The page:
The electric railway to Lido di Ostia (Ferrovia Roma Lido) was begun in 1918. The route squeezed round the shoulder of the basilica's hill in between it and the Via Ostiense, and this entailed the destruction of most of the recently excavated roadside cemetery. Apparently the destruction was completed by the widening of the road in 1928.

The fate of the hilltop basilica is not so clear, because the site became a military installation in the Second World War and has kept that status ever since. However, the installation of structures visible in aerial photos would have seriously damaged or destroyed the remains.

Appearance Edit

Roadside complex Edit

The archaeologists reported finding three small buildings next the the Via Ostiense, two aligned parallel to the road and one perpendicular to it. Behind this was an ill-defined area of rectangular tomb enclosures. One of the aligned pair was larger than the other two, and the excavators fixed on this as the possible shrine. They called the trio chiesette or "little churches", although it is difficult to distinguish the reported remains from mere mausolea.

The largest chiesetta was about eight metres square, with a semi-circular apse 3.6 metres across and built of brick. The interior was excavated into the bedrock, and what was found comprised a crypt. The actual floor level, together with entrance arrangements, was lost.

The interior space contained four tombs, comprising sarcophagi inserted into massy plinths of brick and rubble occupying the sides and apse of the building. One double strigillate sarcophagus occupied the apse, and another on the right hand side was also double. The former contained a few bones from two indviduals. A third, single-occupancy one on the left showed evidence that these three sarcophagi were originally fitted into chambers which were then vaulted with brick. This particular sarcophagus had a gabled lid, fitted on with iron clamps sealed in using lead. A fourth, much smaller strigillate sarcophagus accompanied the left hand one, nearer the major axis. The archaeologists found the skeleton of a young man in this.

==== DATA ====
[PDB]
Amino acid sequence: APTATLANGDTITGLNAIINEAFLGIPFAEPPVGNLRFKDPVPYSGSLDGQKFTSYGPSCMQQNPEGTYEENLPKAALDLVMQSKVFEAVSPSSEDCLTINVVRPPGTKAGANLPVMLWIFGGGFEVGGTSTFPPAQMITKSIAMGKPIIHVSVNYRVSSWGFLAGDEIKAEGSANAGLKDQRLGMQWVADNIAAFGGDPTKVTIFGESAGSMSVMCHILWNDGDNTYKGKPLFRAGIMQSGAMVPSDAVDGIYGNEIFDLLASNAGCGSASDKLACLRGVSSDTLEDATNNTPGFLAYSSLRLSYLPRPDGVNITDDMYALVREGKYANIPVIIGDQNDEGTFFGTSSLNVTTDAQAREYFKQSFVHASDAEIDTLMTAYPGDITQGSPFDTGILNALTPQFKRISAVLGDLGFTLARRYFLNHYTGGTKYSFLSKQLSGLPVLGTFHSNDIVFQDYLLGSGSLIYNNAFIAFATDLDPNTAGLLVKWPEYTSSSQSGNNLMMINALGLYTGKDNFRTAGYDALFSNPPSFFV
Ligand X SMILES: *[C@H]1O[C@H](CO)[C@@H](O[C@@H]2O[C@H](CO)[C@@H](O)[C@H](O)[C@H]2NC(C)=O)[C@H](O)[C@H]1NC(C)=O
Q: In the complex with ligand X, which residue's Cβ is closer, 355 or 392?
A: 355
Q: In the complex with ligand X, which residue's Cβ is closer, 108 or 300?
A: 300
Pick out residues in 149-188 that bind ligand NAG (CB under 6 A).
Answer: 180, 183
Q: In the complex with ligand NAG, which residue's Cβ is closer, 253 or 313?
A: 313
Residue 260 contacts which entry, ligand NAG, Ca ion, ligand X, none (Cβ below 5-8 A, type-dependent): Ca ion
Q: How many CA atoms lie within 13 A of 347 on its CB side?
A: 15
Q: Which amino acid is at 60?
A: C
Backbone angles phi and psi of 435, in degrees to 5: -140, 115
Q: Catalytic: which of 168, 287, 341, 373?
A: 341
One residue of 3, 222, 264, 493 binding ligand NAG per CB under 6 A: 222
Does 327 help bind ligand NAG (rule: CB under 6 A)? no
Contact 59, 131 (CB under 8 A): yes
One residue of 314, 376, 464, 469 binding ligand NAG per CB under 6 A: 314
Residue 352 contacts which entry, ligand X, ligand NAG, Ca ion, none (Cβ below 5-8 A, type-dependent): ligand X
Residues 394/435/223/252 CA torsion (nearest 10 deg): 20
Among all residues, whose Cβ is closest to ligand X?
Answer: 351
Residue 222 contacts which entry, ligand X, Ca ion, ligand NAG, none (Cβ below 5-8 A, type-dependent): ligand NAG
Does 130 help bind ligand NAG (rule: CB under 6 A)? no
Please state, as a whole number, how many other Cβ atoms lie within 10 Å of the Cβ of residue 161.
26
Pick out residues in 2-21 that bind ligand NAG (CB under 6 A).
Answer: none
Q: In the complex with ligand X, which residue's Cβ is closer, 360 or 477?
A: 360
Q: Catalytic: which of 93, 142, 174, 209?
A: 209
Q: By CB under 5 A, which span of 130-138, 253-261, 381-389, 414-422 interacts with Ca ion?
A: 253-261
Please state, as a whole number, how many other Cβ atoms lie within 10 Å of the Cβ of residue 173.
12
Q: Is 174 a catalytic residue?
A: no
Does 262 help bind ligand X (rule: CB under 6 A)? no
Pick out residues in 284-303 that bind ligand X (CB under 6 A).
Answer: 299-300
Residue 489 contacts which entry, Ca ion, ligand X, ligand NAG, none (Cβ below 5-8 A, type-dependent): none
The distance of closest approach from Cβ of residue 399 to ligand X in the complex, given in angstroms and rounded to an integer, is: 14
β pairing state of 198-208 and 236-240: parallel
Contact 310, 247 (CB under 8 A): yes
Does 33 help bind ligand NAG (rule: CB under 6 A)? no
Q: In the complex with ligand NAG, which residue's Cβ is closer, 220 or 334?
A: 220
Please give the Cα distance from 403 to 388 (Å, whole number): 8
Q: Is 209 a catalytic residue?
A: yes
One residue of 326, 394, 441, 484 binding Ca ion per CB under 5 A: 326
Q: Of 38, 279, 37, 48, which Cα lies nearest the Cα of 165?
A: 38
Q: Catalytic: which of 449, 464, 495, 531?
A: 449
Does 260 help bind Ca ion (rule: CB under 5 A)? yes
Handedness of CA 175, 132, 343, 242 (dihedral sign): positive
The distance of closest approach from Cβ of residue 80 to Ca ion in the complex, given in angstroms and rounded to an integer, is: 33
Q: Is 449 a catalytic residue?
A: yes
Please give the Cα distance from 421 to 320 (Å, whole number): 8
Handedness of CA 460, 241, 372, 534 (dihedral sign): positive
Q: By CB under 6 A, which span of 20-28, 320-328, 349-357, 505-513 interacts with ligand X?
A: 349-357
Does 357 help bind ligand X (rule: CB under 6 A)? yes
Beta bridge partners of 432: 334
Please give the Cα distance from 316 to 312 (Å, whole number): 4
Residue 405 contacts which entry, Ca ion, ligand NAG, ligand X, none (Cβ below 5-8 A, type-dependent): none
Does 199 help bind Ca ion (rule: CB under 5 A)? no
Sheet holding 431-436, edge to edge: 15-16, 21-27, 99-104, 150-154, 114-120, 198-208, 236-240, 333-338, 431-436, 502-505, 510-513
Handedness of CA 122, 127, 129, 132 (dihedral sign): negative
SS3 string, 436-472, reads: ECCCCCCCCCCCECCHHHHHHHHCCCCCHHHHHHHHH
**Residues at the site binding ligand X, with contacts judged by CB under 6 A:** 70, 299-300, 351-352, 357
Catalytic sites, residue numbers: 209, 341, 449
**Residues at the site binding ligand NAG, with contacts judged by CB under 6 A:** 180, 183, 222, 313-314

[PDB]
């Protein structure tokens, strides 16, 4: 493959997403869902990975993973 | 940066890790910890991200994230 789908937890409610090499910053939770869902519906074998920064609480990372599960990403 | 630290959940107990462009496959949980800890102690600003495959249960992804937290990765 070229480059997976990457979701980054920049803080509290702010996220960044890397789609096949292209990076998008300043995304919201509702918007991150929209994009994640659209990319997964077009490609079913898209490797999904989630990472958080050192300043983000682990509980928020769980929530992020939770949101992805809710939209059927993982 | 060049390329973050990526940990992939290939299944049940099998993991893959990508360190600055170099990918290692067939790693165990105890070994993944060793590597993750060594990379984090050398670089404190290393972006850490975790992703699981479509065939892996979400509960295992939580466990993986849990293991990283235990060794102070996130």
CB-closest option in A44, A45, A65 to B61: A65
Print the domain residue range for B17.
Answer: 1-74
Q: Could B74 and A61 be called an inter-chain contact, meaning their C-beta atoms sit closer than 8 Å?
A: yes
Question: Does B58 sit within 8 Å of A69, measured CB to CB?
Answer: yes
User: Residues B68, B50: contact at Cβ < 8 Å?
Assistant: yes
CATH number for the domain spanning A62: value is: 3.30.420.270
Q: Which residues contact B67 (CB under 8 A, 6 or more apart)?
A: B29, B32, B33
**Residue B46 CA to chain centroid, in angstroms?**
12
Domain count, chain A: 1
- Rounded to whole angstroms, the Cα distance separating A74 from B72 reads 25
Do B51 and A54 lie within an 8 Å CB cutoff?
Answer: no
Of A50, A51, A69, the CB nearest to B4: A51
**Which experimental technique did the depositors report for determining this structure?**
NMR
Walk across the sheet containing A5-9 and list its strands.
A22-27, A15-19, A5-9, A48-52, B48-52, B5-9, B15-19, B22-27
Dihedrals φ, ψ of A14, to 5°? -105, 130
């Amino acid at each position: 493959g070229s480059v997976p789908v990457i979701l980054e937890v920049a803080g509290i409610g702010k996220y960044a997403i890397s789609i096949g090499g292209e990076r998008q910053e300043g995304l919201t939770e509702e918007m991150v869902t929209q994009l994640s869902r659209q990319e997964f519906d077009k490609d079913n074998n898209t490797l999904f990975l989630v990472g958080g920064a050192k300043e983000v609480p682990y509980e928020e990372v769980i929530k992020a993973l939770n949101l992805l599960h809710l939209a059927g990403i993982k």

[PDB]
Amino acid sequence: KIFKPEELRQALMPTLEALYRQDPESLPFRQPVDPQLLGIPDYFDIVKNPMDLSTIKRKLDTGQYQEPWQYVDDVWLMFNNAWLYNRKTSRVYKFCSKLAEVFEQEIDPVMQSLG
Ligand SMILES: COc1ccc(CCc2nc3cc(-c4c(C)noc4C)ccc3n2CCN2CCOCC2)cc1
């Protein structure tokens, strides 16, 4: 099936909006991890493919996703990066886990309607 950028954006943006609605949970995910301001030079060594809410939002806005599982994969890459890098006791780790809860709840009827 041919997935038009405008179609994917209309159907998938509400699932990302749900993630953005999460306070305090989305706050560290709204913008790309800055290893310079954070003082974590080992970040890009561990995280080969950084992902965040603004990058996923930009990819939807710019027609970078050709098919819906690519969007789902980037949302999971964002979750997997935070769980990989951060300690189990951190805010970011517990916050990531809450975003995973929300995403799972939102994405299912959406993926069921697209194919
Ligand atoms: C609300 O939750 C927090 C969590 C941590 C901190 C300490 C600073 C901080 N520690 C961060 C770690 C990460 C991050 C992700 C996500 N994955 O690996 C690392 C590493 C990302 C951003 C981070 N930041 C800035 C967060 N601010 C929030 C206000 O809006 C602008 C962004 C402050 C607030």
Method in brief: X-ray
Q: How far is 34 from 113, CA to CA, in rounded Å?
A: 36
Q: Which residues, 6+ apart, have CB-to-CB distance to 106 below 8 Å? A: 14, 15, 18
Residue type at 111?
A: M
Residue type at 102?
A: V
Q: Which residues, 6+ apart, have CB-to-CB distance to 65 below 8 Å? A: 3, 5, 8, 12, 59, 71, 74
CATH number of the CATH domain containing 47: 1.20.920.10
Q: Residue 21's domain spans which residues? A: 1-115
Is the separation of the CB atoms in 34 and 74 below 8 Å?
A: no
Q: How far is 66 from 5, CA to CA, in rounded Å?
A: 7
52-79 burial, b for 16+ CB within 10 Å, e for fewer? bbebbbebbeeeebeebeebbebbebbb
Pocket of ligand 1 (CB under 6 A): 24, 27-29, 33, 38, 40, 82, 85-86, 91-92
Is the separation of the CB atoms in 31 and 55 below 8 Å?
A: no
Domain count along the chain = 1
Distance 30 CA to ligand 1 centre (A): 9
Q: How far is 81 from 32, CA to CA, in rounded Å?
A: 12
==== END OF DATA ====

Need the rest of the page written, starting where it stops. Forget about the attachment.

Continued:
These sarcophagi once contained six bodies, and so the excavators claimed that this edifice might have been the shrine of the six saints. The presence of bones left in situ, even when the building was apparently raided for materials after its abandonment, should cast doubt on this.

Two burials of children were later insertions into this crypt, the sarcophagi having been lowered into pits dug (presumably) through the vanished floor above. One of these was elaborately carved, although the sculpture was of poor quality. The centrepiece was a young woman orans with two angels holding her veil. At one end was the Good Shepherd accompanied by a donkey and dog, and on the lid were eight dolphins. The lid also bore an epitaph, in indifferent Latin:

Hic Optata sita est, quam tirtia rapuit aestas lingua manu numquam dulcior alla fuit. In pace.

("Here Optata is placed, whom the third summer snatched by the hand. No other tongue was sweeter. In peace.")

The other sarcophagus was strigillate, but also had eight dolphins on its lid indicating that the two burials were connected.

Outside the chiesetta was a brick tomb containing another sarcophagus carved in relief with Christian themes.

Basilical complex Edit

The 7th century hilltop basilica was accessed by a roughly paved track running up the hill, which the excavators thought was earlier then the cemeteries and possibly was part of a villa's appurtenances. It passed the large cistern noted by Bosio before reaching the basilica.

The basilica was a single-naved building with an apse as wide as the nave. However, two sub-apses on each side occupied the far sides of the nave, which Bosio noted as chapels. The entrance was not in the frontage, but in the left hand side wall just before the first sub-apse. This wall was built on one side wall of the cistern.

The fabric was poor-quality opus mixtum, with courses of tufo rubble alternating with bands of re-used and broken bricks. The fabric was all of one type, and no trace was found of an earlier building.

The basilica had been built over a sub divo (surface) cemetery, in use until the 4th century. This amounted to a small quarry cut into the living rock, which itself contained several pit-tombs (formae) -some with room for more than one body. There was also an arcosolium in the low side of the quarry under the church frontage, which was plastered in white. Elsewhere, the sides of the cavity contained loculi.

Compared to the lower cemetery, it was notable that this burial ground contained no sarcophagi.

Location Edit

The site of the basilica is occupied by a military base, now derelict and inaccessible. The gateway to this is opposite Via di Mezzocammino 75. If you go north on the same road, you can see on the left the little hill on which the 7th century church stood.

Info.roma has noted what is presumably another ancient cistern, on the south side of the hill. This it calls the Cisterna di Vitinia, and ascribes it to a villa owned by Lucius Nonius Calpurnius Torquatus Asprenas.

There is nothing to see of the lower cemetery on the Via Ostiense, which is marked approximately by a little lay-by where the river, road and railway pinch together under the slope of the basilica's hill.

External links Edit

The site's online presence is extremely poor.